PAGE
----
Few people in the modern industrialised world haven’t got something to thank Steve Jobs for. Some of his legacy’s very obvious, some it goes much further than the products themselves and is less so – cultural narratives of empowerment we’re only beginning to fully appreciate in reflection.
Absence is sadly so often a way to view true value.
The ‘blow the top off my head off’ moment for me, and my first encounter with Steve Jobs’ genius, came in 1984. As a 23 year old account manager, I was given the job of producing the first advertising that Apple ever did in the UK.
It was nothing as glamorous as the famous Ridley Scott ads shaking up the States at the time. The budgets they had over there were way beyond what we had. Apple was still a relatively fledgling company and we were a new market, but we did get to do some classy and arresting black and white advertising in the quality press, perfect for the slightly unconventional architects, creative agencies and other firms that Apple were pitching to at the time.
What was really great about the gig though was the free prize that came with it, an Apple MkII that cost £5,000 installed in my office. £5,000! That alone made it a bit special. When I got to move that mouse and wiggle a MacPaint digital spray can around a screen that did it for me. Nothing like it had ever existed. It was a wow moment, a creative wonder that went way beyond working, and I was sold.
I think I can honestly say I can put my entire love affair with geekery down to that moment, just in the same way a stroll down the Kings Road at the age of 11 made me fall in love with creative design. Those moments are visceral, they go deep down and they stay with you.
And as a whole plethora of great stories of Steve’s insight, vision, daring, focus and social impact are unbundled as he steps down as CEO, the reputation of the man and how it’s translated into serious dollars and cents in a way that has briefly made Apple this week the world’s largest company is worth thinking about. Because Apple, despite everything that has been about product design, has also been about the quality of its people.
Brands like Apple are personality led. Their culture, values and ways of doing things, built from and inspired by passion, have set it apart. And what stood out in the tributes for me is Robert Scoble’s take on something very important, nothing to do with the shiny sleek surface design that Apple’s renowned for.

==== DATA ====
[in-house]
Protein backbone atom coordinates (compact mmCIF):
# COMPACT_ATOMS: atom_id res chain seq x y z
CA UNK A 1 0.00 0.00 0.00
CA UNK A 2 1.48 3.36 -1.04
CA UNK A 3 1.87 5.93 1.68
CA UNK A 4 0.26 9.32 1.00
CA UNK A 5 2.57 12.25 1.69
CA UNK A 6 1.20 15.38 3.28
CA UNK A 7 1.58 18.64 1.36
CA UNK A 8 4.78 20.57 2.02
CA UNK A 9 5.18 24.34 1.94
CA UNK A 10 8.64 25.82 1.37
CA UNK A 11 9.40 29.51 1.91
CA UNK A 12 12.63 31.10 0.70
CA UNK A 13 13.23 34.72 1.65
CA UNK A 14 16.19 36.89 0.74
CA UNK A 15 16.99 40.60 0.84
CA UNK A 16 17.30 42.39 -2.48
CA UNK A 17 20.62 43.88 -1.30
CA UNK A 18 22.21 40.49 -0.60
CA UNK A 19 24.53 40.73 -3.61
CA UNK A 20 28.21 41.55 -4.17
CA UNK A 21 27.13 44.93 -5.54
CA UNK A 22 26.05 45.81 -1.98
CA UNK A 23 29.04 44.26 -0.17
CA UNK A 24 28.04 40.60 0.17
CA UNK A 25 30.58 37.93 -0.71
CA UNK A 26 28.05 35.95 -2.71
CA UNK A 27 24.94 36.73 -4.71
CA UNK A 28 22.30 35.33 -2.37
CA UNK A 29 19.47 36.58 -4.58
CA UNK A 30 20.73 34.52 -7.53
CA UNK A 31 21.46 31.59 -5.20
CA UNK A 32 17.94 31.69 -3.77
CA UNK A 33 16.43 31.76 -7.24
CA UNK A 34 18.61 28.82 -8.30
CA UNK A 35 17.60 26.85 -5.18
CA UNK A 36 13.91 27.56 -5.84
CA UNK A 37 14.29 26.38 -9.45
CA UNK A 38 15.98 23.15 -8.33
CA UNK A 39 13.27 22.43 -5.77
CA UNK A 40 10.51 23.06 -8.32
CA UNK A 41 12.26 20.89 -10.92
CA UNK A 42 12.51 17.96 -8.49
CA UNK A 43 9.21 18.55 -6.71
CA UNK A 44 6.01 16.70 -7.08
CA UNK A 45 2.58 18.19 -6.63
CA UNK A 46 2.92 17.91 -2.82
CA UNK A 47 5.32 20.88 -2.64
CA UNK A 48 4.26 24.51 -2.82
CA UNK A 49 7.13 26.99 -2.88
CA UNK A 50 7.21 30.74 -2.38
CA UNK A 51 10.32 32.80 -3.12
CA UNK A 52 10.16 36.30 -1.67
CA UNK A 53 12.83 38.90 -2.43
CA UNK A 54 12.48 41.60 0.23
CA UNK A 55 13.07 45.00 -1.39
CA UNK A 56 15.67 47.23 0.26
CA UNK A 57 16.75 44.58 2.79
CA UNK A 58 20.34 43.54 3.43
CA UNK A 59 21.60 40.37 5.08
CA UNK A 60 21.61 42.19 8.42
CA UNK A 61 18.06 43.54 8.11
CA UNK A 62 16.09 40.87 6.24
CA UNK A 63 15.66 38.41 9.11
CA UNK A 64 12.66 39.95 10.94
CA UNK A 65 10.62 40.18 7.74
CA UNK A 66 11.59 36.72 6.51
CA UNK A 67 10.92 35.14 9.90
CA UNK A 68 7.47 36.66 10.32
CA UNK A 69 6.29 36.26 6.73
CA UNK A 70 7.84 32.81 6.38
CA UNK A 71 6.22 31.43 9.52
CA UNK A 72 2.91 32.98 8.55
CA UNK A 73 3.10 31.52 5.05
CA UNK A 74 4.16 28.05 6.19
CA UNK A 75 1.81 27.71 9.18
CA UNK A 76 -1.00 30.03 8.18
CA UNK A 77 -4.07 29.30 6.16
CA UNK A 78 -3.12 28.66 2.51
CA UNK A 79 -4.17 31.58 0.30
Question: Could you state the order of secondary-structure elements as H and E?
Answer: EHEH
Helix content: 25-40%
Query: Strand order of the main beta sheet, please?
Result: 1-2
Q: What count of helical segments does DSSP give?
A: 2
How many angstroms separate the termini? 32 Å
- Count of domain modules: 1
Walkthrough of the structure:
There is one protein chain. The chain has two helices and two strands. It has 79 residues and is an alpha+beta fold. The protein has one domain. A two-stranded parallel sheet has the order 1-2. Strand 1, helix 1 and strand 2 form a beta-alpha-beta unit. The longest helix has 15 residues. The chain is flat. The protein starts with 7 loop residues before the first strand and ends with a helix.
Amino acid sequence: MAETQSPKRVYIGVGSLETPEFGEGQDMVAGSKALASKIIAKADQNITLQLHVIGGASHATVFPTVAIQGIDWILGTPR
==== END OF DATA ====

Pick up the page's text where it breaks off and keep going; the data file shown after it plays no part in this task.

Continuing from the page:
What Robert Scoble’s said about what was special about Steve Jobs was this: Steve’s the ‘only one guy in the industry [that] has ever told me to look at the back of a product to understand its beauty’.
It’s worth considering that back in the day when Apple was spawned, user-friendly was a term that didn’t exist before then. Quite simply, no-one had ever thought of things that way.
Now, user-friendliness has become a holistic user experience. As organisations and all their touchpoints become more social, we can all learn a great deal from that little piece of Steve’s wisdom.
The look and feel of a product, the way Apple approached it, was ground breaking, it still is. Product focus is remains important, but needs service and making meaning attached to matter.
Today, the ‘back of the product’ is its people.
What makes Apple distinctive is the legions of fanboys and girls, people happy to be defined in no small measure by that ethos and what it’s led to for them.
Social organisations are all about this. Falling in love with the back of the product and understanding its beauty in the social organisation is about bringing out the people who are a part of it, making connections that go way beyond technical.
We can take people out of the boxes they live in within organisations and make more of them, relishing the inventiveness and creativity they have inherently. We can produce things of wonder as connected networks, like Steve Jobs did. The intellectual understanding and emotional commitment is there, often disaffected and unused; as with a technology reinvented and reimagined, with guidance, vision and social leadership it can transform.
Steve Jobs’ focus can live on in a new way.